The next April ACT date will be on Saturday, April 4, 2020. Regardless of whether you're reading this guide before the April test date or way after it, you can still use this information to plan ahead and prepare for the next April ACT.
April ACT scores are typically released starting 10 days after the test date. (If you registered for the Writing section, you'll get your essay score about two weeks after you get your multiple-choice and composite ACT scores.) Assuming you take the April ACT in your junior or sophomore year, your scores should have plenty of time to get to colleges prior to application deadlines.
Before registering for the ACT in April, take time to consider whether you're OK with spending most of your spring semester and spring break preparing for the exam. If not, a different date might be a better option for you!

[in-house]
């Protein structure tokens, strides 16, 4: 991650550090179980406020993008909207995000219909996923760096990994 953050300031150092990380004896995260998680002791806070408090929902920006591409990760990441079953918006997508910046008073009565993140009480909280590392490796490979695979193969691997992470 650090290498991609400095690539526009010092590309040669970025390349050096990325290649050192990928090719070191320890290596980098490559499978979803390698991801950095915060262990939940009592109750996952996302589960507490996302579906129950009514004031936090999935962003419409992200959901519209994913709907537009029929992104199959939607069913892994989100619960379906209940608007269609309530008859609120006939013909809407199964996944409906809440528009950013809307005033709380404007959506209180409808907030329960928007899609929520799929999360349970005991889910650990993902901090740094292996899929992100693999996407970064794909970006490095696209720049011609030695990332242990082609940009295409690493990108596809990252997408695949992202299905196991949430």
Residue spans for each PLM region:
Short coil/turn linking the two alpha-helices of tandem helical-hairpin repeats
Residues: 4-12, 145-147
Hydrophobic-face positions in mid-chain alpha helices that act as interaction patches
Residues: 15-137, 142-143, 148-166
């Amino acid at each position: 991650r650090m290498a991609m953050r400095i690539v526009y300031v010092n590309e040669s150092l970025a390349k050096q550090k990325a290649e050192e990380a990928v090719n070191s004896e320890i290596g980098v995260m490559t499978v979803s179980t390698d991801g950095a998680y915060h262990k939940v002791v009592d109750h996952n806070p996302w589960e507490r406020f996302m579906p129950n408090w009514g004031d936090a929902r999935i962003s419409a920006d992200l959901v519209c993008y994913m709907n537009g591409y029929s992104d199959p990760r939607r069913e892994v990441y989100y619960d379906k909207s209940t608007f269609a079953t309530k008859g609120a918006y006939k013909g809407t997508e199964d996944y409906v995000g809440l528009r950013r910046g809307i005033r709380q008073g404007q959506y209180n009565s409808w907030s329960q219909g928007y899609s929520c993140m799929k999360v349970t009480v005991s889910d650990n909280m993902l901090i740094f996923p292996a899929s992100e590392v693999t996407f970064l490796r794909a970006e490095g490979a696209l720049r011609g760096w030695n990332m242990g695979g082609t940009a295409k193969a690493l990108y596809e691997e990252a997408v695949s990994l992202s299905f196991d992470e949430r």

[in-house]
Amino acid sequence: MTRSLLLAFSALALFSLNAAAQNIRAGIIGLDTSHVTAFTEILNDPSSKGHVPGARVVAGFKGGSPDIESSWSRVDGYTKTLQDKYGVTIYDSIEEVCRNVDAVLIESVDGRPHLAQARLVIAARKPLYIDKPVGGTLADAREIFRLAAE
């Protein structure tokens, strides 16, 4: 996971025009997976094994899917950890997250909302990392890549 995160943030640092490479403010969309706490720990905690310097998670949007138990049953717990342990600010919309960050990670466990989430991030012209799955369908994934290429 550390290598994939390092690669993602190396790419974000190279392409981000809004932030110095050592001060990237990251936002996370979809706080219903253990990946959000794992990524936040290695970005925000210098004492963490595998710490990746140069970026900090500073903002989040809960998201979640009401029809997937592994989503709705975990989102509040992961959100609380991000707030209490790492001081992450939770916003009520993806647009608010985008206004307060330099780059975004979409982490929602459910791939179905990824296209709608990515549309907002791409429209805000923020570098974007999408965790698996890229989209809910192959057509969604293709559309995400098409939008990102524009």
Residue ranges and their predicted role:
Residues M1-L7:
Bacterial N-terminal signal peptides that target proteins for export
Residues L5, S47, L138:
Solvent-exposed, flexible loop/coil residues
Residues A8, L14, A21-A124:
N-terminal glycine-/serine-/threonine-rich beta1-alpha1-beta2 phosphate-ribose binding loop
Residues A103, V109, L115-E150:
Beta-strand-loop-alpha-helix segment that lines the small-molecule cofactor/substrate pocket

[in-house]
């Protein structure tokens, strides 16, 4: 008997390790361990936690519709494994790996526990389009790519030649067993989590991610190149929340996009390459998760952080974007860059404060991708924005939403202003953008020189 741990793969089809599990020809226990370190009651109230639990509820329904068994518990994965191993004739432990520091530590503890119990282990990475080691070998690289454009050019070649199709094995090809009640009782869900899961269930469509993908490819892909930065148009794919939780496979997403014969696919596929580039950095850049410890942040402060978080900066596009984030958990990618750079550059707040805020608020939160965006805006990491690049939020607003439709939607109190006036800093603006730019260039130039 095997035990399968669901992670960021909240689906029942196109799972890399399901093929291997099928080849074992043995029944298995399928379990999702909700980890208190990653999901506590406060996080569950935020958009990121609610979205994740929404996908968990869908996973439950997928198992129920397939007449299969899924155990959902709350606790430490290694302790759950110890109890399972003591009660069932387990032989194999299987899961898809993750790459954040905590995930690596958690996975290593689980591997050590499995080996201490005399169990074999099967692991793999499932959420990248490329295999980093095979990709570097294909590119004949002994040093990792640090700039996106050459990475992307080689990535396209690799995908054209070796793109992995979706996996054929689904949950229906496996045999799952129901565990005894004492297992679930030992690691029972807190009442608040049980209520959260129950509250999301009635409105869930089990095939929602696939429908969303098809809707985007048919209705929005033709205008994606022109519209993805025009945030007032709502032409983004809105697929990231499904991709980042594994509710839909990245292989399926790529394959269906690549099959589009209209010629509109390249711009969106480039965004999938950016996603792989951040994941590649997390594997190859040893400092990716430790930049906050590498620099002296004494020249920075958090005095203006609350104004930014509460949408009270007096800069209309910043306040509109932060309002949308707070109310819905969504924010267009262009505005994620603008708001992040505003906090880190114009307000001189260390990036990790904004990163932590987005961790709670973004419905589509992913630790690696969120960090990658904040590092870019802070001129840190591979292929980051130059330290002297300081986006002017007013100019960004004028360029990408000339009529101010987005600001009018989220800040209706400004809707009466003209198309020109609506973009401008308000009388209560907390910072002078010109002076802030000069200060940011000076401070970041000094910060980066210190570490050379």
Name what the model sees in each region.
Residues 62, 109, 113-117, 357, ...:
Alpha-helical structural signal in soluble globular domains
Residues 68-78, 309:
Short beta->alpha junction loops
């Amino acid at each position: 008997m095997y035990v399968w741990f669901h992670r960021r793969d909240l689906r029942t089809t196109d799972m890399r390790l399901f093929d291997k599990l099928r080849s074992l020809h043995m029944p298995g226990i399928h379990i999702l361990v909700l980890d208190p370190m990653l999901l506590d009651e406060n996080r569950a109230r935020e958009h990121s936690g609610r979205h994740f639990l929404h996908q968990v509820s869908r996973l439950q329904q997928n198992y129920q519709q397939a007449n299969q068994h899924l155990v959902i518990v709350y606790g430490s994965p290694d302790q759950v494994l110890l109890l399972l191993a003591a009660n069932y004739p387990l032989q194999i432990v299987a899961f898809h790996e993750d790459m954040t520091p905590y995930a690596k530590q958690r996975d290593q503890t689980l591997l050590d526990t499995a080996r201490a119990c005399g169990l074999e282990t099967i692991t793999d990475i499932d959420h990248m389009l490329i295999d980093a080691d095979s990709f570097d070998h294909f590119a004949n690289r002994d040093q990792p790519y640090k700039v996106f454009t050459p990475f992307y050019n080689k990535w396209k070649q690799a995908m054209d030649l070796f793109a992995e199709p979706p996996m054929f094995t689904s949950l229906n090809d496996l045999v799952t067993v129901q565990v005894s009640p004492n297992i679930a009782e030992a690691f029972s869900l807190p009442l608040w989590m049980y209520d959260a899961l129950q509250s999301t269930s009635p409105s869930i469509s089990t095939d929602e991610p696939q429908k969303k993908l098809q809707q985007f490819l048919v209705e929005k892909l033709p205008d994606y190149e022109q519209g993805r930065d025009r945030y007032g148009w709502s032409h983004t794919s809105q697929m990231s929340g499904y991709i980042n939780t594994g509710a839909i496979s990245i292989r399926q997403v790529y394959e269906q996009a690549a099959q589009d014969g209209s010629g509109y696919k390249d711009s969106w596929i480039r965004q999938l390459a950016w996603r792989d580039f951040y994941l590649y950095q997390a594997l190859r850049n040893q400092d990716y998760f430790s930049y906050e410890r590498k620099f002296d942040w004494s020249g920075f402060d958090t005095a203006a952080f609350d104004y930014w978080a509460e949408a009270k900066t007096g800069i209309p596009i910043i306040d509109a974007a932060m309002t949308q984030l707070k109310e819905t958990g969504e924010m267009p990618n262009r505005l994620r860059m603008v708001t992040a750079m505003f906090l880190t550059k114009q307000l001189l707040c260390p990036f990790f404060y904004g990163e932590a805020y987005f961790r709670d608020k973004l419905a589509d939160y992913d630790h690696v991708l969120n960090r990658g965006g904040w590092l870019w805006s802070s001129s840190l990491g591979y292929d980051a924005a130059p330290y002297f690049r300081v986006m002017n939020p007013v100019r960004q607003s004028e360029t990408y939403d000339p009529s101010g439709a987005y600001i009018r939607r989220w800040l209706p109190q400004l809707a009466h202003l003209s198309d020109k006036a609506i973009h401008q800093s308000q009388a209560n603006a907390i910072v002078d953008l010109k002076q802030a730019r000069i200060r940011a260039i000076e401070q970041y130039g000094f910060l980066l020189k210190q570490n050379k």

For more information on when you can take the ACT, check out our detailed guide to this year's and future ACT test dates.
Ready to ace the ACT? Then you'll love our 15 ACT tips and tricks guaranteed to improve your score. And don't forget about our comprehensive guide to getting a perfect ACT score—written by a 36 full scorer!
Want to improve your ACT score by 4+ points? Download our free guide to the top 5 strategies you need in your prep to improve your ACT score dramatically.
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Hannah received her MA in Japanese Studies from the University of Michigan and holds a bachelor's degree from the University of Southern California. From 2013 to 2015, she taught English in Japan via the JET Program. She is passionate about education, writing, and travel.